England coach Phil Neville insisted his team should be proud at having given their “absolute all” at the women’s World Cup after their 2-1 defeat against holders the United States in the semi-finals on Tuesday.

The Lionesses had been hoping to reach a first major final but instead went out in the last four in a third consecutive major tournament, with Steph Houghton’s failure to convert a late penalty costing them dear.

Instead of staying in Lyon for the final on Sunday against Sweden or the Netherlands, England must return to Nice for the third-place play-off on Saturday.

“We’ve no regrets, we lost the game. We’ve come to the World Cup and given our absolute all,” said Neville, who revealed he told his players at full-time to smile rather than cry.

“We’ve had the best 46 days of our lives and we didn’t want it to end and it’s not ended yet. We want to go on Saturday and beat Sweden or Holland.”

England had felt they could compete with the holders, and they recovered from falling behind to Christen Press’ early opener as Ellen White netted her sixth goal of the tournament in the 19th minute.

However, Alex Morgan restored the USA’s lead just after the half-hour mark, and VAR took centre stage in the second half.

White saw another goal disallowed for a marginal offside call following one review, before Neville’s team were awarded a spot-kick following another VAR intervention which deemed White had been fouled by Becky Sauerbrunn.

After Nikita Parris had missed England’s last two spot-kicks, against Argentina and Norway, captain Houghton stepped up in the 84th minute but had her attempt from 12 yards saved by Alyssa Naeher.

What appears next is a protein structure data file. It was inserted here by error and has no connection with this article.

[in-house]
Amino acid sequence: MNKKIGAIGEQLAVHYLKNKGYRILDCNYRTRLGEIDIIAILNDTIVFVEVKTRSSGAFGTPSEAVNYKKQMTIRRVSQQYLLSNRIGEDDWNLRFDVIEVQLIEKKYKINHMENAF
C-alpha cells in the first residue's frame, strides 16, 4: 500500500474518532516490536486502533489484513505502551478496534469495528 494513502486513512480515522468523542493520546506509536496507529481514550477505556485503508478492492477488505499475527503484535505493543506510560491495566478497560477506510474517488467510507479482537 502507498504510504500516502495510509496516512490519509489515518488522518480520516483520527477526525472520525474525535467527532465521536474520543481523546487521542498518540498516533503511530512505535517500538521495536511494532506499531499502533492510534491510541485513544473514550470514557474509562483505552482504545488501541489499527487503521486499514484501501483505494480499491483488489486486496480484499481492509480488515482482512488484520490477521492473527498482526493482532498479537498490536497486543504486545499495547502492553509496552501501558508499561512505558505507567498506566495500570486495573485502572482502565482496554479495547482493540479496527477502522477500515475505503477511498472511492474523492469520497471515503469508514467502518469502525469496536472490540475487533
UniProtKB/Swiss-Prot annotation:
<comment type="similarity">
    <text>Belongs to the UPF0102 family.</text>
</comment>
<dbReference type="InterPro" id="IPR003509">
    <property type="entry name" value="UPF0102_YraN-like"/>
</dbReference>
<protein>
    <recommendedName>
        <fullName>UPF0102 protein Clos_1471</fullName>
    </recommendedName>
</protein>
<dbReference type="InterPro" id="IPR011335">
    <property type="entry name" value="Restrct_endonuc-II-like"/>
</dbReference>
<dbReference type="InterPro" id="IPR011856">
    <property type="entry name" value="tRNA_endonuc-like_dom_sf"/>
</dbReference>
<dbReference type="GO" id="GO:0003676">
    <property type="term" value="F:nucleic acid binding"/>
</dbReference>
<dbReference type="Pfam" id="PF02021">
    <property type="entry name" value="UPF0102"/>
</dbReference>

‘Knocking at the door’

Neville, who defended the decision to let Houghton take the spot-kick, also praised Jill Ellis’s side as the USA become the first team to reach three successive women’s World Cup finals.

“We came here to win and we didn’t do that, but that’s sport for you. Good luck to America - they showed tonight that they know what it takes to win games of football,” said the former Manchester United and Everton player.

“It was the most enthralling 90 minutes I’ve been involved in as a manager. It’s where my players want to be and it’s where I want to be, and we are knocking at the door now.”

Neville was appointed in early 2018 with the brief of taking England the extra step after they suffered a painful defeat in the semi-finals of the 2015 World Cup and then lost at the same stage of Euro 2017.

However, he said he had immediately turned his thoughts to the future, with England’s World Cup run meaning a Great Britain team will go to the Tokyo Olympics next year. England will then host the next Euros in 2021.

“The minute the game finished, my first thought was how do we win on Saturday, and my second thought was how do we win Olympic gold, and then how do we win the Euros in 2021,” he said.

“I don’t wallow, I won’t go back to my room tonight and feel sorry for myself.

“The aim is to become the best, like America. we’ve still got a bit to go but I won’t stop until we get there.”

In the meantime he must try to lift his players for the third-place play-off, with England still having the chance to claim bronze at a second straight World Cup.

“Before the game it was the furthest thing from my mind going back down to Nice, but now I’ve moved on from this already and now I’m looking forward to Saturday’s game to see, because we’ve got a three-year plan,” he said.

“I will see on Saturday the attitude, the concentration, the commitment